Posted in FitnessMarch 3, 2009
ESPN, one of my favorite magazines (part for its slick design, part for the gritty/matte paper stock and on-the-cheap saddle stitch binding) offers some insight into the athleticism of the new U.S. president:
Barack Obama has a tough act to follow (we’re talking about sports here), succeeding a man who once owned a major league baseball team, bench-pressed 185 pounds and ran a marathon. But the skinny newcomer should hold his own. Before the election, candidate Obama championed a college football playoff and lobbied to bring the 2016 Olympics to Chicago, his hometown. His passion for pickup hoops and his clutch three-point shooting during a summer visit with troops in the Middle East are, in their own way, Jordanesque. And now that he’s moved into the White House, President Obama is looking for a room with a ceiling high enough to hold a basketball court.”
Here’s ESPN Magazine’s overview of Obama’s athletic career.
Posted in Fitness,GymspirationJanuary 29, 2009
Posted in FitnessJanuary 26, 2009
Everyone keeps asking newly anointed White House Chief of Staff Rahm Emmanuel if he’s “having fun.”
“Fun is not the first adjective that comes to mind,” he said in a profile appearing in Sunday’s New York Times. Still, I found his physical fitness regime (detailed in the same article) pretty impressive:
He woke as usual at 5 a.m., swam a mile at the Y, read papers and was in the office at 7 for the senior staff meeting at 7:30. There was a meeting in the Situation Room about Afghanistan; a leadership meeting; a conversation with the Senate majority leader, Harry Reid, Democrat of Nevada; a meeting with Senator Orrin G. Hatch, Republican of Utah; budget meetings; several conversations with the president.
Later, in the same article, we get some more specifics about Mr. Emmanuel’s resistance training regimen:
On days he does not swim, he works out, and conducts business, at the House gym: 25 minutes on the bike, 20 minutes on the elliptical, 120 situps, 55 push-ups and many sweaty conversations with his former colleagues.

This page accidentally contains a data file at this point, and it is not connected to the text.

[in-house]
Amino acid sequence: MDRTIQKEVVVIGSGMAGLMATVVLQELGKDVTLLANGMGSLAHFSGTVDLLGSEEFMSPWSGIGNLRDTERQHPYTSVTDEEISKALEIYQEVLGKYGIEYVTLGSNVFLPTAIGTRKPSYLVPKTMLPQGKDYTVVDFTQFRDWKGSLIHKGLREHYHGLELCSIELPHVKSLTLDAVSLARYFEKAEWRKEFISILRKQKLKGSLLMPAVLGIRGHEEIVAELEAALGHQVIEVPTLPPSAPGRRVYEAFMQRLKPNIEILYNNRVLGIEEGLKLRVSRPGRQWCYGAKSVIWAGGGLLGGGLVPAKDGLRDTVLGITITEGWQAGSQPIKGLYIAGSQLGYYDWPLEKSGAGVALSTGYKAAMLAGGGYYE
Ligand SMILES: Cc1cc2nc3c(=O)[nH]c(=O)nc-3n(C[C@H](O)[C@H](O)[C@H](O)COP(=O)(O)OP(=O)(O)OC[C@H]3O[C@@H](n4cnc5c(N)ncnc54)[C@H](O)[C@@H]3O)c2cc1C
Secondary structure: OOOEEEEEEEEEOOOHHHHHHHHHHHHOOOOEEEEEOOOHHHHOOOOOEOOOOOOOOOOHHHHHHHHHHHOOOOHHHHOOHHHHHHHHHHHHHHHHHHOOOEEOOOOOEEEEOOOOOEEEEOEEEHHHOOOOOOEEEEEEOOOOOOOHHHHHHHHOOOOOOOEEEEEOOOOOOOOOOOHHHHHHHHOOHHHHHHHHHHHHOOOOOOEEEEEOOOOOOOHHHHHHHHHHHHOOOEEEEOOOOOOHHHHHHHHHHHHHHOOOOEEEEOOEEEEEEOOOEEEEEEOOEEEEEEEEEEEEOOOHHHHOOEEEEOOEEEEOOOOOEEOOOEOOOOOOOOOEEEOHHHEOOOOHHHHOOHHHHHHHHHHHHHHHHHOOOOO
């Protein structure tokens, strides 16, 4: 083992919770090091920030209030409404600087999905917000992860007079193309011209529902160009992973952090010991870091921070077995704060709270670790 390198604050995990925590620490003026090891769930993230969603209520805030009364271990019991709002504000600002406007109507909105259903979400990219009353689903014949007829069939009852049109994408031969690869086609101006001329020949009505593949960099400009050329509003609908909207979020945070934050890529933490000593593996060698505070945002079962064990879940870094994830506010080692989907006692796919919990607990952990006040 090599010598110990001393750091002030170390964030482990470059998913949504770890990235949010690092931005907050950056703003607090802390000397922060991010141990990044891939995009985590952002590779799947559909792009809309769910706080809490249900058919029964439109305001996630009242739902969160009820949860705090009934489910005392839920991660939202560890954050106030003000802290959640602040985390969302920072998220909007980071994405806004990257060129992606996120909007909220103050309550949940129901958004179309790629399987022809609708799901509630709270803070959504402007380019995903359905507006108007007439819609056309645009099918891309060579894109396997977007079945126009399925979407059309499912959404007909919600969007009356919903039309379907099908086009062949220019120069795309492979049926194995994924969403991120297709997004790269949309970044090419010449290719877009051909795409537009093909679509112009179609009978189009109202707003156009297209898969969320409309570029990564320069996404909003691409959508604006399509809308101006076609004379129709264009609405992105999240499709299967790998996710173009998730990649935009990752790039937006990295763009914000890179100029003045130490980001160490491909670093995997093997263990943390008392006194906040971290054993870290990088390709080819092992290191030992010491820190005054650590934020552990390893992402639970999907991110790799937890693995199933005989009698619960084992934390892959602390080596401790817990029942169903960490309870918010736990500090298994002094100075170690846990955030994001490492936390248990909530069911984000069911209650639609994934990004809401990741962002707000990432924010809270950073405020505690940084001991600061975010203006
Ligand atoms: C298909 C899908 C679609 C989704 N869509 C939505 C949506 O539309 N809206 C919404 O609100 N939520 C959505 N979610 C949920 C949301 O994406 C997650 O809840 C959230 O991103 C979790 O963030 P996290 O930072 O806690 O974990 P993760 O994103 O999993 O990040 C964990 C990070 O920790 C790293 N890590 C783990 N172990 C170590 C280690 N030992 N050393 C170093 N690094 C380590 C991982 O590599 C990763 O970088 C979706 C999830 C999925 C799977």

Whether or not you agree with his politics, it’s good to finally see some physical fitness in the White House.
Posted in Ask Sam,FitnessDecember 29, 2008
HEY SAM—How often should your trainer check his iPhone and send text messages during a workout session? I see it so often at Gold’s that it’s funny. People are paying good money for a personal trainer, yet the trainer spends his time checking text messages and email on his Blackberry or iPhone —even sending texts or returning calls. Amazing. —Evan, West Hollywood
I think the guiding principle is that you ought to have his full (not necessarily undivided) attention.
For a trainer—like all independent contractors—the mobile phone is the lifeline to his business. I’ll bet that Jack LaLanne would say that a trainer should not bring his cell phone onto the gym floor, lest it becomes a distraction. In the spirit of full disclosure, I always have my cell phone with me in case I receive a cancellation.
I say “not necessarily undivided” attention because my experience as a trainer has taught me to focus on several simultaneous visual and auditory phenomena at once. For example, while someone exercises under my supervision, I’m also monitoring their breathing, observing how steadily they’re moving the weights, looking for a full range of motion, correcting their form, counting, (and more). In other words, if your trainer’s attention is divided, it should be divided for a purpose that serves you as a client during your session.
If a trainer is actually Twittering, or sending e-mails and text messages during your session, I think it’s grounds to fire him/her. (I’m not including circumstances such as life or death, or major emergencies, but there’s really no valid reason for your trainer to be texting while on the job). That’s what breaks are for.
Also, keep in mind that a cell phone can be used as a tool during your workout. I use the iPhone’s stopwatch application with clients while they perform timed exercises—a perfectly legitimate purpose.
Posted in Ask Sam,FitnessDecember 17, 2008
Hey Sam: Do you have a good exercise to get rid of fat on top of the knees? —Jennifer, Orlando, Fla.
You can’t really spot reduce the fatty tissue on the top of the knees. I would recommend strengthening the underlying muscle tissue and connective tissue by doing leg extensions once or twice per week with a heavy enough weight that you can manage 3-4 sets and 12-15 repetitions. This will build stronger, more attractive quadriceps (the muscle directly above the knee). To reduce fatty tissue, you will need to follow a program of cardiovascular exercise combined with a proper meal plan. More information after the jump. Read more